In the wake of the financial crisis, bank lending globally declined. SMEs, smaller and perceived as higher risk, suffered the most from the resultant reduced funding options. MENA was no exception and indeed, with such a large population of SMEs, businesses were affected to a greater extent.
However, the widespread retrenchment by banks globally left a gap in lending that was quickly filled by innovative fintech “disruptors”, offering alternative finance. Coinciding with increased digitalization, fintechs emerged as an obvious, quick and easy answer to the lending gap.
With banks initially struggling to match fintech’s capabilities and efficiency, it appeared as though the growth in fintech could spell the end of traditional financial institutions. However, as most are mainly technology experts as opposed to business experts, new disruptors cannot match the same capital, client base, reputation for reliability, and global regulatory thresholds as banks.
As a result, collaboration between incumbent banks and new tech players is increasing, with banks now embracing the same digitalization that disrupted their industry. Moreover, more reputable technology providers in the financing industry have seen the importance of plugging such fintechs into their platforms, enabling banks to offer innovative products and adapt faster to the digital needs of all businesses.
While SMEs make up around 96% of the region’s businesses, there has been a reticence by banks since the financial crisis to provide loans to smaller companies. According to the World Bank, in 2010 and in the wake of the crisis, SMEs accounted for only 8% of all bank lending in MENA.
Fintechs have started to fill the gap left by limited bank lending in MENA. Models such as crowdfunding, asset-based financing and peer-to-peer lending have started to gain ground by providing faster and simpler access to finance. In the years after the crash, this has been an important lifeline for the region’s small businesses and, in 2015, 75% of online alternative finance raised in the region was invested into SMEs.
So, SMEs have long been a major part of the region’s economy, but in recent years the sector has started to expand. This growth is owed to intense efforts by governments across the region to put SMEs at the forefront of their economies, as economic models shift away from a traditional reliance on hydrocarbons.
Indeed, throughout MENA, a vast number of initiatives are being launched to foster the SME sector. In its Vision 2030, for example, Saudi Arabia has set a target to increase the GDP contribution of SMEs from 20% to 35% while the U.A.E., in its Vision 2021, set a target to increase the non-oil GDP contribution of SMEs from 60% to 70%.
The proliferation of SMEs has understandably triggered an increased demand for finance, with new and disruptive fintechs or existing technology-providers taking up the mantle of banks in the region.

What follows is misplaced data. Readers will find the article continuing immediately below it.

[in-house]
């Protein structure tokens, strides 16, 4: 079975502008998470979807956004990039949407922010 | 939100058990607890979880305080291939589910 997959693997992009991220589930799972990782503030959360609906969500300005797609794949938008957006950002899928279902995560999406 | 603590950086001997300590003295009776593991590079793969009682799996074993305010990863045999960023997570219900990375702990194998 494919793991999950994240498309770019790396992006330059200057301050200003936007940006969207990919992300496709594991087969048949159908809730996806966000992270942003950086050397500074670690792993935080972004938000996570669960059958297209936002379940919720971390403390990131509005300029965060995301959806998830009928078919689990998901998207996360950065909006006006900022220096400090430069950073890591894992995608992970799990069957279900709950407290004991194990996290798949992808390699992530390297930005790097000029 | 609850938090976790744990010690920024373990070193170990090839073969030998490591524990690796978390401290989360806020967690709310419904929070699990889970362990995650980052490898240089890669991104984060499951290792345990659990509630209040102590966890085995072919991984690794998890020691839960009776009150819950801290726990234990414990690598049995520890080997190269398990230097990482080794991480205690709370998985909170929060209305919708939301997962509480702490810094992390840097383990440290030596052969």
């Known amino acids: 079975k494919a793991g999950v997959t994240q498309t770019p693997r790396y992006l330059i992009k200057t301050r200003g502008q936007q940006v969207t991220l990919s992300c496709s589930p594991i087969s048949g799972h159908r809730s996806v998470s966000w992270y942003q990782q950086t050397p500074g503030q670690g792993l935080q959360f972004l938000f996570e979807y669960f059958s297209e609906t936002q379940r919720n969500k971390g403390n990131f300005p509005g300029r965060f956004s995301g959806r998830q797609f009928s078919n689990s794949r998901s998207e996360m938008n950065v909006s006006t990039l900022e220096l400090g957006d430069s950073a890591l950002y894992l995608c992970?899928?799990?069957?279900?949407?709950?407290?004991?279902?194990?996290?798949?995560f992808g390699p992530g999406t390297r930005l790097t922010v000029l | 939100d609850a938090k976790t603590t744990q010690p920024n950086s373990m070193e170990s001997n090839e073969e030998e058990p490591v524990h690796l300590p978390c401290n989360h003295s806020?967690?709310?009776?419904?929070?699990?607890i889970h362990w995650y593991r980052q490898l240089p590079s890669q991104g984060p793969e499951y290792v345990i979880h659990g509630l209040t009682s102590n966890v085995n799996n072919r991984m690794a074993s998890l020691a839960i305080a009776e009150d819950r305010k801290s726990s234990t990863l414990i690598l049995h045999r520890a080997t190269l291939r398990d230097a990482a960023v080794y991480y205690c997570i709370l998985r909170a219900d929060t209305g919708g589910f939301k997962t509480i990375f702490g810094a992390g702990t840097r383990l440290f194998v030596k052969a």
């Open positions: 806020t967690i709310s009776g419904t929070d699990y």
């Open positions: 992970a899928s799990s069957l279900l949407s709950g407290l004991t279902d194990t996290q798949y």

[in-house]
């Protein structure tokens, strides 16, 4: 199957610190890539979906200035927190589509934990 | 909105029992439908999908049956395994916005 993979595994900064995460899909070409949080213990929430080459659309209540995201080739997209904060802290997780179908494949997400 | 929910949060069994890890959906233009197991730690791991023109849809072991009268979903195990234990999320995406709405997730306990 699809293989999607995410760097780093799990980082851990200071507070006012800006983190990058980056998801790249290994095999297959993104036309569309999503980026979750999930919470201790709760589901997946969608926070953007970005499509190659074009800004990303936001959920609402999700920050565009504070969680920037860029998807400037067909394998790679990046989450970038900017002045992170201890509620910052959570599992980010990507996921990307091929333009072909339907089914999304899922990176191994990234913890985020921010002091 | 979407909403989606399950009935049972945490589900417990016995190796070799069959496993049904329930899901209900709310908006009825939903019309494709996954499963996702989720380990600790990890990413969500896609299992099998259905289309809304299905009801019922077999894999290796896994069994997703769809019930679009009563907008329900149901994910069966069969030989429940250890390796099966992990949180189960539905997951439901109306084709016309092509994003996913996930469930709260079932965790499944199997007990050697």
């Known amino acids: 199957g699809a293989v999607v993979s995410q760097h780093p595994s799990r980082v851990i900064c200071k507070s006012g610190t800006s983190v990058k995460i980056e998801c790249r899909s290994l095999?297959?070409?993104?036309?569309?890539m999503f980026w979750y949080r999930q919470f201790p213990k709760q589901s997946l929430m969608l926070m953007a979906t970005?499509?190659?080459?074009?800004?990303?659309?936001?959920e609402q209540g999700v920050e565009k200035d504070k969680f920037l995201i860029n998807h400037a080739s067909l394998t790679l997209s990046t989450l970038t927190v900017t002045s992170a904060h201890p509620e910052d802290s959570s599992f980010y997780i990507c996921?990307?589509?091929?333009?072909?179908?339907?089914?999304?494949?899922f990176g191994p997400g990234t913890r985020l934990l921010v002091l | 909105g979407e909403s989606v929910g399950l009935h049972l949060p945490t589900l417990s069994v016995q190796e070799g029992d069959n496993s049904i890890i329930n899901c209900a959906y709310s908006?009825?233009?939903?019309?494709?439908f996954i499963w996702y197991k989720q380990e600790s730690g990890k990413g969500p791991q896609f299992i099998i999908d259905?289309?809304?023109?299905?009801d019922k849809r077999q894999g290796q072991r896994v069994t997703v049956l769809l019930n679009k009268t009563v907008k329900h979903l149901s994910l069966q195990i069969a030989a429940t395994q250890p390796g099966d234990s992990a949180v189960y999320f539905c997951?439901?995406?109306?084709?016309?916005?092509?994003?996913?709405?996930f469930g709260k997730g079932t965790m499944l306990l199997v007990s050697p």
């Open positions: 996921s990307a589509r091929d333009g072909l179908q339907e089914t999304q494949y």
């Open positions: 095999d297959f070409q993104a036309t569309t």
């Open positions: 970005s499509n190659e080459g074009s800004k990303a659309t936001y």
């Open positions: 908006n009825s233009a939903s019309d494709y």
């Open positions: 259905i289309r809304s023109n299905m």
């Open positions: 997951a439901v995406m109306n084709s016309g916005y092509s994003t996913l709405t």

More recently, MENA’s banks began recognizing the growing demand for digitalization to streamline their services. As a result, they are finding themselves having to embrace new technologies in order to maintain influence and drive efficiency and are increasingly viewing fintech companies as enablers rather than competitors.
In order to compete with these changes, many traditional lenders are looking towards fintech as a way of making services less cumbersome, including onboarding financial technology capabilities, such as asset-based financing platforms. Banks are also recognizing fintech’s potential for innovation. One example of this is Emirates NBD’s API Sandbox, launched in 2018, which provides an environment where fintech companies can trial solutions that could be incorporated into the bank’s core functions. Fintech collaboration has also helped banks to digitalize their marketing, now using various online channels to ease accessibility to their services for all businesses, no matter their size.
It’s a trend we’re likely to see more of, as traditional lenders seek to remain competitive in a market that continues to see disruption by new entrants.
A greater shift towards technological innovation is already reshaping the banking industry and the ways in which lenders interact with clients, particularly the region’s fast-growing SMEs. As mobile tech capabilities change, and new and innovative entrants come on the market, it’s a shift increasingly demanded of banks by their customers. Indeed, the region’s SMEs also need this now more than ever, as they move to the forefront of the region’s economies. If MENA’s banks and independent financiers can take the lead in adopting a collaborative approach between the innovation of fintech and the wealth and influence of traditional banks, it could be the catalyst for an even greater entrepreneurial revolution in the region.